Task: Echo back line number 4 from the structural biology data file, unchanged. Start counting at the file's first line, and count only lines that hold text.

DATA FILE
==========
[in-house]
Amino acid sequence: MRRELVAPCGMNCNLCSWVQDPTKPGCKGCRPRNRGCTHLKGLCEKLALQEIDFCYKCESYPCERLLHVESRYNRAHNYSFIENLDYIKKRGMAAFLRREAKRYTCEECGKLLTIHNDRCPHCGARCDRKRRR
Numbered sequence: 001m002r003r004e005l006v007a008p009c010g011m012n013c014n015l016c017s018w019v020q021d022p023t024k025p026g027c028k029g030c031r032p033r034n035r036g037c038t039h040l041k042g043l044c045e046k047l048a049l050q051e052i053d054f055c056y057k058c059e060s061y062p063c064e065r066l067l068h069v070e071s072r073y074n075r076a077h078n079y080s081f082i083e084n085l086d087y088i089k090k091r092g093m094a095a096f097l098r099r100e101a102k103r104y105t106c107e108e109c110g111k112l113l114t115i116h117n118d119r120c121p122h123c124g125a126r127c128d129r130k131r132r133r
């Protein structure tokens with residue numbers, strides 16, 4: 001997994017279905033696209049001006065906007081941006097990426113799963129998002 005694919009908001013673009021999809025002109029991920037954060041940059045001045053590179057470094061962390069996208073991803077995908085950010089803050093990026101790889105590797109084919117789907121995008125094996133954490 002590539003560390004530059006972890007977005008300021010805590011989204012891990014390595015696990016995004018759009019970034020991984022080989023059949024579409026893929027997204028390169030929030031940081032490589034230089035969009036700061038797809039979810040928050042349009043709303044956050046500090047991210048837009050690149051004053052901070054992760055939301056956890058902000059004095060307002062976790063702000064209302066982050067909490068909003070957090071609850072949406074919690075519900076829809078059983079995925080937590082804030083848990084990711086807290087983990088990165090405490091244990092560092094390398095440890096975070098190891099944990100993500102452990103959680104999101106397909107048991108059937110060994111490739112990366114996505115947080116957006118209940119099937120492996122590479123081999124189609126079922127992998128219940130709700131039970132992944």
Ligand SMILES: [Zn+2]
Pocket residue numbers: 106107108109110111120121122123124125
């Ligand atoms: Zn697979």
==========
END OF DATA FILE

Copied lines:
């Protein structure tokens with residue numbers, strides 16, 4: 001997994017279905033696209049001006065906007081941006097990426113799963129998002 005694919009908001013673009021999809025002109029991920037954060041940059045001045053590179057470094061962390069996208073991803077995908085950010089803050093990026101790889105590797109084919117789907121995008125094996133954490 002590539003560390004530059006972890007977005008300021010805590011989204012891990014390595015696990016995004018759009019970034020991984022080989023059949024579409026893929027997204028390169030929030031940081032490589034230089035969009036700061038797809039979810040928050042349009043709303044956050046500090047991210048837009050690149051004053052901070054992760055939301056956890058902000059004095060307002062976790063702000064209302066982050067909490068909003070957090071609850072949406074919690075519900076829809078059983079995925080937590082804030083848990084990711086807290087983990088990165090405490091244990092560092094390398095440890096975070098190891099944990100993500102452990103959680104999101106397909107048991108059937110060994111490739112990366114996505115947080116957006118209940119099937120492996122590479123081999124189609126079922127992998128219940130709700131039970132992944």